In honor of National Disabilities Employment Awareness Month, we bring you the second in a two-part series on the Johnson Scholarship Program. Now in its 26th year, the program provides scholarships for students with disabilities and a network of support services to enhance student success.
Research shows that there is a great gap between educational expectations and reality for students with disabilities.
A 2006 National Longitudinal Transition Study commissioned by the U.S. Department of Education’s Office of Special Education Programs and Institute of Education Sciences showed that 85 percent of youth with disabilities plan to complete some form of post-secondary education (26 percent expected to complete a post-secondary vocational, technical or trade school; 34 percent expected to graduate from a two-year college; 25 percent expected to graduate from a four-year college). However, the same study also indicates that only one in 10 of these students actually complete any sort of post-secondary education (5 percent graduated from a post-secondary vocational, technical or trade school; 4 percent graduated from a two-year college; 1 percent graduated from a four-year college).
The Johnson Scholarship Program helps to narrow the gap between expectation and attainment. Data kept by Florida Atlantic University finds that 66.1 percent of the students receiving at least one scholarship disbursement have graduated and another 20 percent are still enrolled in post-secondary education. The role of the Disability Support Services (DSS) office in helping students through this process cannot be overstated.
The good work of the DSS in delivering the scholarship program to students is enabled by its partnership with the Johnson Scholarship Foundation and the Florida Board of Governors’ office. The scholarship program depends upon a unique collaboration among the philanthropic, higher education and legislative sectors.
The Board of Governors Office performs essential leadership functions. It serves as a liaison between the Foundation and the universities, disseminates information on best practices, and helps to standardize processes. It manages and distributes the scholarship money to the various SUSF schools and it also provides expertise on legislative and policy changes that might affect students with disabilities.
The Board of Governors scales the support of students with disabilities to a state level, providing a greater platform for advocacy and building allies across sector lines in Florida. Such allies are invaluable as students with disabilities graduate from college and pursue employment.
At the heart of the partnership among JSF, the Board of Governor’s Office and the campus DSS is a one-day annual meeting, convened by JSF. The purpose of this meeting is to review the performance of the scholarship program, discuss developments affecting students with disabilities and best practices and opportunities for learning and collaboration. Professionals from outside the SUSF are sometimes invited to attend the annual meeting and speak on issues relevant to students with disabilities and their educators.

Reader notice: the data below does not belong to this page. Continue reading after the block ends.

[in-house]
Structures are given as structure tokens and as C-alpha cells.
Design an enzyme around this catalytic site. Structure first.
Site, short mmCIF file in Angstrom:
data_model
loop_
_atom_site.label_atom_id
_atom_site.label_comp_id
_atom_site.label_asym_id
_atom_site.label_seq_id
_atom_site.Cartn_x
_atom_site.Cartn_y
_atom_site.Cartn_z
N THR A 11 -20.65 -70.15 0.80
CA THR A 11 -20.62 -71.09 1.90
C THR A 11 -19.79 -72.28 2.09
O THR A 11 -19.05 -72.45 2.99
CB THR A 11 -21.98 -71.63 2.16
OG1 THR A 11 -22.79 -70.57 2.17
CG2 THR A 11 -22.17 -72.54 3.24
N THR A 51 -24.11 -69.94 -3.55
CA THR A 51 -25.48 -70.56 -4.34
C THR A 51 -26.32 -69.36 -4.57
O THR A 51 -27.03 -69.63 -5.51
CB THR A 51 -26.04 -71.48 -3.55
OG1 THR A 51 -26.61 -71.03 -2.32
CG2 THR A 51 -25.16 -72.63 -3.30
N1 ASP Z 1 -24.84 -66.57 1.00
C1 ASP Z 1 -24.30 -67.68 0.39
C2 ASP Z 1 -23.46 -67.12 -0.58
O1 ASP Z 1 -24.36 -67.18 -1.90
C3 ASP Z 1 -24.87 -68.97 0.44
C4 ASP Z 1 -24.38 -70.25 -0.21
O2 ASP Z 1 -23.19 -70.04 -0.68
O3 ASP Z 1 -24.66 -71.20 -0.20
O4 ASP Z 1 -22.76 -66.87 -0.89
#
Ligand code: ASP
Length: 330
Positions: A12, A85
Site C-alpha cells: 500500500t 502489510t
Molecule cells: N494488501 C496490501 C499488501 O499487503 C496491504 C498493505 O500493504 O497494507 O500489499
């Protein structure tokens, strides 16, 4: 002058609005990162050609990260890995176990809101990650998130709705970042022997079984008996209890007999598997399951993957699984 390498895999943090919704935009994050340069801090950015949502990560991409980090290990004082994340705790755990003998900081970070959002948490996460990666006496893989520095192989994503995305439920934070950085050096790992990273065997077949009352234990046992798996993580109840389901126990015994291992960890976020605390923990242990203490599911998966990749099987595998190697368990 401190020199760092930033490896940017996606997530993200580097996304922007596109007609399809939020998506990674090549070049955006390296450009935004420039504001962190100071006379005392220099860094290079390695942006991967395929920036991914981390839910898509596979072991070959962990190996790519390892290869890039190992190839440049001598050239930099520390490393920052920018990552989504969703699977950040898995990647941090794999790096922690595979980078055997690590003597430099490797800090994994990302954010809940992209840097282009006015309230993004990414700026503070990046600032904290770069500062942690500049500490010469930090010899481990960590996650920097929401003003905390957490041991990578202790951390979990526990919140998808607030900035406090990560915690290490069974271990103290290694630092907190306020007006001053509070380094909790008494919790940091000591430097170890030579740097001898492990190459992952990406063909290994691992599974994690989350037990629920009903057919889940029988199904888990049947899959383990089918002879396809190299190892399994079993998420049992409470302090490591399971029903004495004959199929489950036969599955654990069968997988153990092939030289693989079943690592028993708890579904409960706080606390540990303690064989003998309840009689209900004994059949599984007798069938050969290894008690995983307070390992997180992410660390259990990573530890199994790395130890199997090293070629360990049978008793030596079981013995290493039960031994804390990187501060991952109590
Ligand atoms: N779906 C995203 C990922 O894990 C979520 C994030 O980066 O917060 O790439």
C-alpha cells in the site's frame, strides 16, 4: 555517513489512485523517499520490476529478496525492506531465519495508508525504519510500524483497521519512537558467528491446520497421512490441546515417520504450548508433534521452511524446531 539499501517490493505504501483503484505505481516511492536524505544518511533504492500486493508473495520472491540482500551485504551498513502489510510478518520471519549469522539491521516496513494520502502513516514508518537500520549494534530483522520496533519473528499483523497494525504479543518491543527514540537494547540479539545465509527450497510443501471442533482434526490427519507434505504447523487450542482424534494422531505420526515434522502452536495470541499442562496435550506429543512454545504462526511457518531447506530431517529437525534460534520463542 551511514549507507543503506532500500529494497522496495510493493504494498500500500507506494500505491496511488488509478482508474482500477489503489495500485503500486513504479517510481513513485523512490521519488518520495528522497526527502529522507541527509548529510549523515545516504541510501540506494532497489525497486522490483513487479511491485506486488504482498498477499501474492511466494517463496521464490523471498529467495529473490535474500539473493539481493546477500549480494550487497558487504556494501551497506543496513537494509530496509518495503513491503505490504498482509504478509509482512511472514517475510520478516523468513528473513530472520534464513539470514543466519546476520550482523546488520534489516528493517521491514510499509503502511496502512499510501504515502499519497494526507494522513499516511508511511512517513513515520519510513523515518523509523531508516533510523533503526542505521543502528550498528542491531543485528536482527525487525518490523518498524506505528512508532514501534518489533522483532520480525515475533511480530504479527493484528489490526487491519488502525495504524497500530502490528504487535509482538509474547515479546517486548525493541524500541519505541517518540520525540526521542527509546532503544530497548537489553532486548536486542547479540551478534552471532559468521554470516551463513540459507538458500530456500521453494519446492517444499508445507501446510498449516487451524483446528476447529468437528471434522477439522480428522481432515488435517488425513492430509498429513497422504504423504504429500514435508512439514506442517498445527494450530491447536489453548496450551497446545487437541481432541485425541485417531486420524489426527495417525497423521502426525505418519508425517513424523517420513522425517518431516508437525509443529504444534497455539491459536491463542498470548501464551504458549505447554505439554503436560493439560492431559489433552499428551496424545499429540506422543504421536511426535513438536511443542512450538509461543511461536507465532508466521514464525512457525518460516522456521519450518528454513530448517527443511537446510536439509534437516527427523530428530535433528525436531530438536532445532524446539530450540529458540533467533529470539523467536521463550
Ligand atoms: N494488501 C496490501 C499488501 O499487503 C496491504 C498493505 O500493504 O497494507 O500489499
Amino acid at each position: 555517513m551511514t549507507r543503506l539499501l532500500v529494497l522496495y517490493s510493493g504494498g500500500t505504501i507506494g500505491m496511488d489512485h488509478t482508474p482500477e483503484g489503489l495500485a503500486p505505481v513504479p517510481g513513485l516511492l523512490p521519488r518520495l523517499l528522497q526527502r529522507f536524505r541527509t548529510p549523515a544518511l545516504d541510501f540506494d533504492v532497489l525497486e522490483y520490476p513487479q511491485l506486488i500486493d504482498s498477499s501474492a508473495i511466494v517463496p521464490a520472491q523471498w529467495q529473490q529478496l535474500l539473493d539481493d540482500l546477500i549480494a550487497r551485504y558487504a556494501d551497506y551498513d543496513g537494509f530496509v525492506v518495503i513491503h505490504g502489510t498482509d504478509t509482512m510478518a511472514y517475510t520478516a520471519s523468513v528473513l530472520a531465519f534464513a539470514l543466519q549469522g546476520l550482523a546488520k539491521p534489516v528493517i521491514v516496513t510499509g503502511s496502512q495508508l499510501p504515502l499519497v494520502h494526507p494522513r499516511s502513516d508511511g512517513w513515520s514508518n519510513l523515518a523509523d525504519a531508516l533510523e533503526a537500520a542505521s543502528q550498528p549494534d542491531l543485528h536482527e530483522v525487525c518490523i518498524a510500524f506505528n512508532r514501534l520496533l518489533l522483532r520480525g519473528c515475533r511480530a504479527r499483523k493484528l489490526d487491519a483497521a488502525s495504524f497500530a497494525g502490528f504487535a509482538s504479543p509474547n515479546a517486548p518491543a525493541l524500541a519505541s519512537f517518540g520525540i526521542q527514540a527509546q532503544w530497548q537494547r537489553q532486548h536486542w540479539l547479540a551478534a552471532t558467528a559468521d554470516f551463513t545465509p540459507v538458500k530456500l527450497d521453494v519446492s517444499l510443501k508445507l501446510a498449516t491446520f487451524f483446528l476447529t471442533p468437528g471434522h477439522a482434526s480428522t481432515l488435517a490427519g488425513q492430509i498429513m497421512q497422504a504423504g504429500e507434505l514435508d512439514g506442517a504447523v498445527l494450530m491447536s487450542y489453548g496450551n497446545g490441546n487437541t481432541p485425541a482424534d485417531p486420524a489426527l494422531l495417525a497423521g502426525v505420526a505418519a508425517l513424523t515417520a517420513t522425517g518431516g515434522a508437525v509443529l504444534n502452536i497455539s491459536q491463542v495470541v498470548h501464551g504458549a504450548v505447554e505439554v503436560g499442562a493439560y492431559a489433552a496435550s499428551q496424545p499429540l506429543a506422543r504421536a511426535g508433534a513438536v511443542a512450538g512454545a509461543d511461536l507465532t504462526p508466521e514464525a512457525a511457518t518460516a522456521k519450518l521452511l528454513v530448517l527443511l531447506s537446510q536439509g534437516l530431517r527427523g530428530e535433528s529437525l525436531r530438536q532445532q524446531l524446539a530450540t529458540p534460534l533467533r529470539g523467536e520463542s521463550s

The underlying reason for JSF’s mission in education is to facilitate meaningful employment. Unfortunately, there is huge underemployment of people with disabilities, even those with university degrees. According to the Current Population Survey (CPS) data released in June 2017, the unemployment rates for people with disabilities is more than double the rate for people without disabilities. The under employment of students with disabilities has been a recurring topic of discussion at JSF Scholarship annual meetings.
The Johnson Scholarship Program for students with disabilities is based upon a unique working relationship among JSF, the State of Florida, the SUSF and the university campuses, particularly the DSS at each campus. It is this partnership that has made the scholarship program successful. We have repeatedly noted that the real value of the program is in the work of the people involved (rather than the money).
The program builds on infrastructure, expertise and resources that are already in place in the state of Florida. The Board of Governors is the governing body for its 12 state universities and DSS are well established at each campus. The delivery of the Scholarship Program causes additional work for these partners but the incremental cost is small compared to the benefits.
The JSF SUSF Scholarship Program is a proven winner that is easily replicable in other states. The administrative machinery, DSS and a philanthropic sector are already in place. All that is required is an individual or group of individuals to champion the program.
For more information about Johnson Scholarship Foundation, visit www.jsf.bz.